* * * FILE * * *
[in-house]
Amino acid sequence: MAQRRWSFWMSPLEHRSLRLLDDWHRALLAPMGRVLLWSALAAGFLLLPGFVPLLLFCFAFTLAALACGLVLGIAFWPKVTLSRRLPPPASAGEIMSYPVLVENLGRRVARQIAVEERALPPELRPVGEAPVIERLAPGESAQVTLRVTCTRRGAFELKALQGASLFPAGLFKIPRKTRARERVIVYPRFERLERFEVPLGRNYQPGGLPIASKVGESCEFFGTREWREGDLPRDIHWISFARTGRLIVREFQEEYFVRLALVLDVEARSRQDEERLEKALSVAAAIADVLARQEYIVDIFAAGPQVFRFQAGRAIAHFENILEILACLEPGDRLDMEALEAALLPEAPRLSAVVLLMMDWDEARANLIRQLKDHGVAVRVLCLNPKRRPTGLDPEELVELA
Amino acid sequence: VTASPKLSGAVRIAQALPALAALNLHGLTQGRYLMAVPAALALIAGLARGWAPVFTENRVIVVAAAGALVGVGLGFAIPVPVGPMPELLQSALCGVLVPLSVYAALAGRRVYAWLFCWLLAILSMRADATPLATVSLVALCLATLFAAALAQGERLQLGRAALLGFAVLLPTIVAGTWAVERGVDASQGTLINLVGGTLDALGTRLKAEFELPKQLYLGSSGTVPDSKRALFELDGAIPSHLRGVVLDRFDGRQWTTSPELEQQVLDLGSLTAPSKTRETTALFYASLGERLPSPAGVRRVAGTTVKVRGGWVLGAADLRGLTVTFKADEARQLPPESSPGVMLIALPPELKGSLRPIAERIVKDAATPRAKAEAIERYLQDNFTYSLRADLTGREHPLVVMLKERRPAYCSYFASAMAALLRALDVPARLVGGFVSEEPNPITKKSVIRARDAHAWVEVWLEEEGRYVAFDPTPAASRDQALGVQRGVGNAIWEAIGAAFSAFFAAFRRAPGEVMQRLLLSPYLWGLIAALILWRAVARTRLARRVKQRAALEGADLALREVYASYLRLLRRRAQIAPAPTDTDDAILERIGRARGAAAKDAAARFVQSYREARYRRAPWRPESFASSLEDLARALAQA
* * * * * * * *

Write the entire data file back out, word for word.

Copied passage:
[in-house]
Amino acid sequence: MAQRRWSFWMSPLEHRSLRLLDDWHRALLAPMGRVLLWSALAAGFLLLPGFVPLLLFCFAFTLAALACGLVLGIAFWPKVTLSRRLPPPASAGEIMSYPVLVENLGRRVARQIAVEERALPPELRPVGEAPVIERLAPGESAQVTLRVTCTRRGAFELKALQGASLFPAGLFKIPRKTRARERVIVYPRFERLERFEVPLGRNYQPGGLPIASKVGESCEFFGTREWREGDLPRDIHWISFARTGRLIVREFQEEYFVRLALVLDVEARSRQDEERLEKALSVAAAIADVLARQEYIVDIFAAGPQVFRFQAGRAIAHFENILEILACLEPGDRLDMEALEAALLPEAPRLSAVVLLMMDWDEARANLIRQLKDHGVAVRVLCLNPKRRPTGLDPEELVELA
Amino acid sequence: VTASPKLSGAVRIAQALPALAALNLHGLTQGRYLMAVPAALALIAGLARGWAPVFTENRVIVVAAAGALVGVGLGFAIPVPVGPMPELLQSALCGVLVPLSVYAALAGRRVYAWLFCWLLAILSMRADATPLATVSLVALCLATLFAAALAQGERLQLGRAALLGFAVLLPTIVAGTWAVERGVDASQGTLINLVGGTLDALGTRLKAEFELPKQLYLGSSGTVPDSKRALFELDGAIPSHLRGVVLDRFDGRQWTTSPELEQQVLDLGSLTAPSKTRETTALFYASLGERLPSPAGVRRVAGTTVKVRGGWVLGAADLRGLTVTFKADEARQLPPESSPGVMLIALPPELKGSLRPIAERIVKDAATPRAKAEAIERYLQDNFTYSLRADLTGREHPLVVMLKERRPAYCSYFASAMAALLRALDVPARLVGGFVSEEPNPITKKSVIRARDAHAWVEVWLEEEGRYVAFDPTPAASRDQALGVQRGVGNAIWEAIGAAFSAFFAAFRRAPGEVMQRLLLSPYLWGLIAALILWRAVARTRLARRVKQRAALEGADLALREVYASYLRLLRRRAQIAPAPTDTDDAILERIGRARGAAAKDAAARFVQSYREARYRRAPWRPESFASSLEDLARALAQA